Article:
Bitterness is a hard sell, especially in this country.

This started to change several years ago with the increase in popularity of astringent, hop-forward IPA beers. As Todd Leopold, the head distiller of Leopold Bros. distillery, puts it, “Americans discovered savory 10 minutes ago. They discovered bitter five minutes ago.”

The next blow in the battle for bitterness is surely Leopold Bros.’ striking new Aperitivo, the distillery’s version of a Campari or Aperol, that classic sitting-on-the-patio-watching-the-late-afternoon-light-play-on-the piazza-fountain appetite stimulator.

Leopold makes the Aperitivo with the distillery’s house spirit base to which he adds bitter gentian (a dried flowering plant) and he balances with cane sugar. “Too much and it tastes like cough syrup,” he says, “too little and it tastes like chalk.” He adds the citrus notes of grapefruit peel and coriander and the earthy notes of petite wormwood, hyssop, and, just to give it an American twang, sarsaparilla—the root in root beer.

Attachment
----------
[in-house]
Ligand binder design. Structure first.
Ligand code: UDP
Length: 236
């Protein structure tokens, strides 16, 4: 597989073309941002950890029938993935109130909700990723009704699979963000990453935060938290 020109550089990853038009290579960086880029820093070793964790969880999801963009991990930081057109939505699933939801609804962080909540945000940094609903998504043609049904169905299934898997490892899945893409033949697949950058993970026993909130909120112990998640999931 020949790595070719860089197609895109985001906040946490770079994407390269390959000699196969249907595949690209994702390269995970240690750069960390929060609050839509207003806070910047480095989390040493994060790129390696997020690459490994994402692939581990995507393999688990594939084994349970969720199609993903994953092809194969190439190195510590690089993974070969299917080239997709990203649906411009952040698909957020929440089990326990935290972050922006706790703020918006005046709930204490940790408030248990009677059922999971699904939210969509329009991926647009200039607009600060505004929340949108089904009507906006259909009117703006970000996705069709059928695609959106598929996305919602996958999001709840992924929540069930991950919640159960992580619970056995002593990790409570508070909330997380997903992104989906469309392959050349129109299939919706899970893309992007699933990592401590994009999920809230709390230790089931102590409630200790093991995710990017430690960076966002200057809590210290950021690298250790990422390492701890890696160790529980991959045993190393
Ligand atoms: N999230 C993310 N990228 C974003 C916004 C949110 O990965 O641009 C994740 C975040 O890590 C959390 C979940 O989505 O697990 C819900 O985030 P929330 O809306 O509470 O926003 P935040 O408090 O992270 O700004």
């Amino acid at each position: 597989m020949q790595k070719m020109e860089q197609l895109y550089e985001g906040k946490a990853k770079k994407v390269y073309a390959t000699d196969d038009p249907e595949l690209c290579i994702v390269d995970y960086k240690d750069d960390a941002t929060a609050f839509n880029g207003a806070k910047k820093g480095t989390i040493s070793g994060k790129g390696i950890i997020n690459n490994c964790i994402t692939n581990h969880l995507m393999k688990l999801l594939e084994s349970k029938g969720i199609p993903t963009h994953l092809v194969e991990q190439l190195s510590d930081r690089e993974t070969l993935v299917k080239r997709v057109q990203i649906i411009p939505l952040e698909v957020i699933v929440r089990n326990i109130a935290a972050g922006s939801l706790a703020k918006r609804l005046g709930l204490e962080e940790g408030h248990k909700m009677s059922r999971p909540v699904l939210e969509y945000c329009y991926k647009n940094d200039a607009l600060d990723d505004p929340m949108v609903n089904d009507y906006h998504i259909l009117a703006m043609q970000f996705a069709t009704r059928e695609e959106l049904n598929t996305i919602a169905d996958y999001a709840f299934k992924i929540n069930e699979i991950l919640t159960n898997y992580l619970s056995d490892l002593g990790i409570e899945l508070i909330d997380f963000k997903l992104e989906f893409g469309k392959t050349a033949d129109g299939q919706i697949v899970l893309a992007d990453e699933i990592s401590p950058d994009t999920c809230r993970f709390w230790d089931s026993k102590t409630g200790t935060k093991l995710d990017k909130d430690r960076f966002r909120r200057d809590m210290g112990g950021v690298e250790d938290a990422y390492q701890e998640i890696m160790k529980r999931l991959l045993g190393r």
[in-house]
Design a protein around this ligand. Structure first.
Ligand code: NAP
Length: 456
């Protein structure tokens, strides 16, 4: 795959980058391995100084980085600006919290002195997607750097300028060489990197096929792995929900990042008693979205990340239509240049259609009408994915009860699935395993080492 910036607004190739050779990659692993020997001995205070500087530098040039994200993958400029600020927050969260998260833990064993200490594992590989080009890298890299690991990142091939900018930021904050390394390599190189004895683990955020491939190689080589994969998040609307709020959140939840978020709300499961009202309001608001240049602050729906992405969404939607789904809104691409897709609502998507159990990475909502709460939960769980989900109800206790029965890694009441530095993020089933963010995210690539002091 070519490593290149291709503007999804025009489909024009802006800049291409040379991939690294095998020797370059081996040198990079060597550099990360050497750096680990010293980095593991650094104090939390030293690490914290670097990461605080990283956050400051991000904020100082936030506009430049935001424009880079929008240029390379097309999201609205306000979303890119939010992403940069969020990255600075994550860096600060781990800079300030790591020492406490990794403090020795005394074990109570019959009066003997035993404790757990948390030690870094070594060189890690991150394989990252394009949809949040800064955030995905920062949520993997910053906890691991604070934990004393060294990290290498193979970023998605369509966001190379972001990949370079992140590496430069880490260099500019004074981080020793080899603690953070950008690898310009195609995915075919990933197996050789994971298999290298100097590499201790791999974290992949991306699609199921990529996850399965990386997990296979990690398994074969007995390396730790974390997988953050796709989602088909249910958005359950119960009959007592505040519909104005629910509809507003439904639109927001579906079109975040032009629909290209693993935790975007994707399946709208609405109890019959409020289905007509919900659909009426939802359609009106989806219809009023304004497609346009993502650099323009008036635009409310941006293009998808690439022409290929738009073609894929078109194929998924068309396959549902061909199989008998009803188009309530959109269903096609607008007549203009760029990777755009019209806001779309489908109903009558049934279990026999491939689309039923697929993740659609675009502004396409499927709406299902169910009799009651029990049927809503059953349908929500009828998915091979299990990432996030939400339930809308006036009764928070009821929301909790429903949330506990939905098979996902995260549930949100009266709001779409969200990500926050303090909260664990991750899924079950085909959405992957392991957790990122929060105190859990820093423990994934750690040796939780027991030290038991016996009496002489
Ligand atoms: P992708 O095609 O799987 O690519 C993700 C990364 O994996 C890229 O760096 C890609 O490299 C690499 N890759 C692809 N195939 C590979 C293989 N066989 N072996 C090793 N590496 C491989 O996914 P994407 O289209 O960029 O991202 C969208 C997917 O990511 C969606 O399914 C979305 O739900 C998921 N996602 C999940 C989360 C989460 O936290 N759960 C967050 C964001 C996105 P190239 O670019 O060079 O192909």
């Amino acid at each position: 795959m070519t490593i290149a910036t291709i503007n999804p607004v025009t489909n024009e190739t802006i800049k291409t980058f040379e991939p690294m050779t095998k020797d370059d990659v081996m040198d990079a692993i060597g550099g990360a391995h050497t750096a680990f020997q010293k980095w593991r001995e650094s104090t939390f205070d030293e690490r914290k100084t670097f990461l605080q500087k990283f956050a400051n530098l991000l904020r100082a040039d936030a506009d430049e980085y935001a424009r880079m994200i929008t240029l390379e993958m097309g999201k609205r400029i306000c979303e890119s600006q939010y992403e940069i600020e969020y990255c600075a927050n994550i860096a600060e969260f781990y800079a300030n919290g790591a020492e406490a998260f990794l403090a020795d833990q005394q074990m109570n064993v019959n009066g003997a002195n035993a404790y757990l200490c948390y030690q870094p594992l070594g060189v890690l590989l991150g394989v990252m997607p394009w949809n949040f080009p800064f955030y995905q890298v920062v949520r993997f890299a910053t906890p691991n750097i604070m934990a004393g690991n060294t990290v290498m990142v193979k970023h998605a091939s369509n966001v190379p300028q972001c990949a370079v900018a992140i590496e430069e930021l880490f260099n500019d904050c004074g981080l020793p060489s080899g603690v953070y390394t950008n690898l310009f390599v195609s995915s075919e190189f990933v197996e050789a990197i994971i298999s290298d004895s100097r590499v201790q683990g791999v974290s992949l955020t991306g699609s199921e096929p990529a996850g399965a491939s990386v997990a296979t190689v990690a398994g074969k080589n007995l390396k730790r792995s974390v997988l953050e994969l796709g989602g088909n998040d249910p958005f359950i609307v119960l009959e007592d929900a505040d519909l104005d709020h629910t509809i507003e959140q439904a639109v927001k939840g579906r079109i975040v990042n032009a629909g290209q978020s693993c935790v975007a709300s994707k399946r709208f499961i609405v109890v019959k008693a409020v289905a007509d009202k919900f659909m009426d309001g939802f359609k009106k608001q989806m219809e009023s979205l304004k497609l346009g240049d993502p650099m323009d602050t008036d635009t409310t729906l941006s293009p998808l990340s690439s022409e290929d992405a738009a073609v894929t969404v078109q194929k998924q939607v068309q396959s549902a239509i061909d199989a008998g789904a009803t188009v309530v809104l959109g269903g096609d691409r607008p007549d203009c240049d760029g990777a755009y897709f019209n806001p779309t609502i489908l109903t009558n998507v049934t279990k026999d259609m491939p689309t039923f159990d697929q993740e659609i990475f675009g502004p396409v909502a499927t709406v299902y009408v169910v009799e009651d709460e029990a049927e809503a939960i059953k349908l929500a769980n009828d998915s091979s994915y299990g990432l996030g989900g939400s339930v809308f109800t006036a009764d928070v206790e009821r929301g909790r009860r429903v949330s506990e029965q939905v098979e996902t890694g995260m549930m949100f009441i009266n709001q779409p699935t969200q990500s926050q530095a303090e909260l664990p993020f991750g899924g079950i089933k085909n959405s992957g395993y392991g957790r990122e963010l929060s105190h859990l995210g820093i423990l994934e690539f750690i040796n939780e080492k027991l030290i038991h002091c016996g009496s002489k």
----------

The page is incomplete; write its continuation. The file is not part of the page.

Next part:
Leopold Bros. recommends mixing the Aperitivo into a Negroni (gin, sweet Vermouth, Aperitivo) or a Boulevardier (the same drink but with whiskey standing in for gin), but it’s so on the money—one sip and your palate is still pleasantly tingling five minutes later—that it demands to be consumed by itself.

Bonus: A-behind-the-scenes look at Leopold Bros.

A 750 ml bottle of Leopold Bros’ Aperitivo runs about $34.99,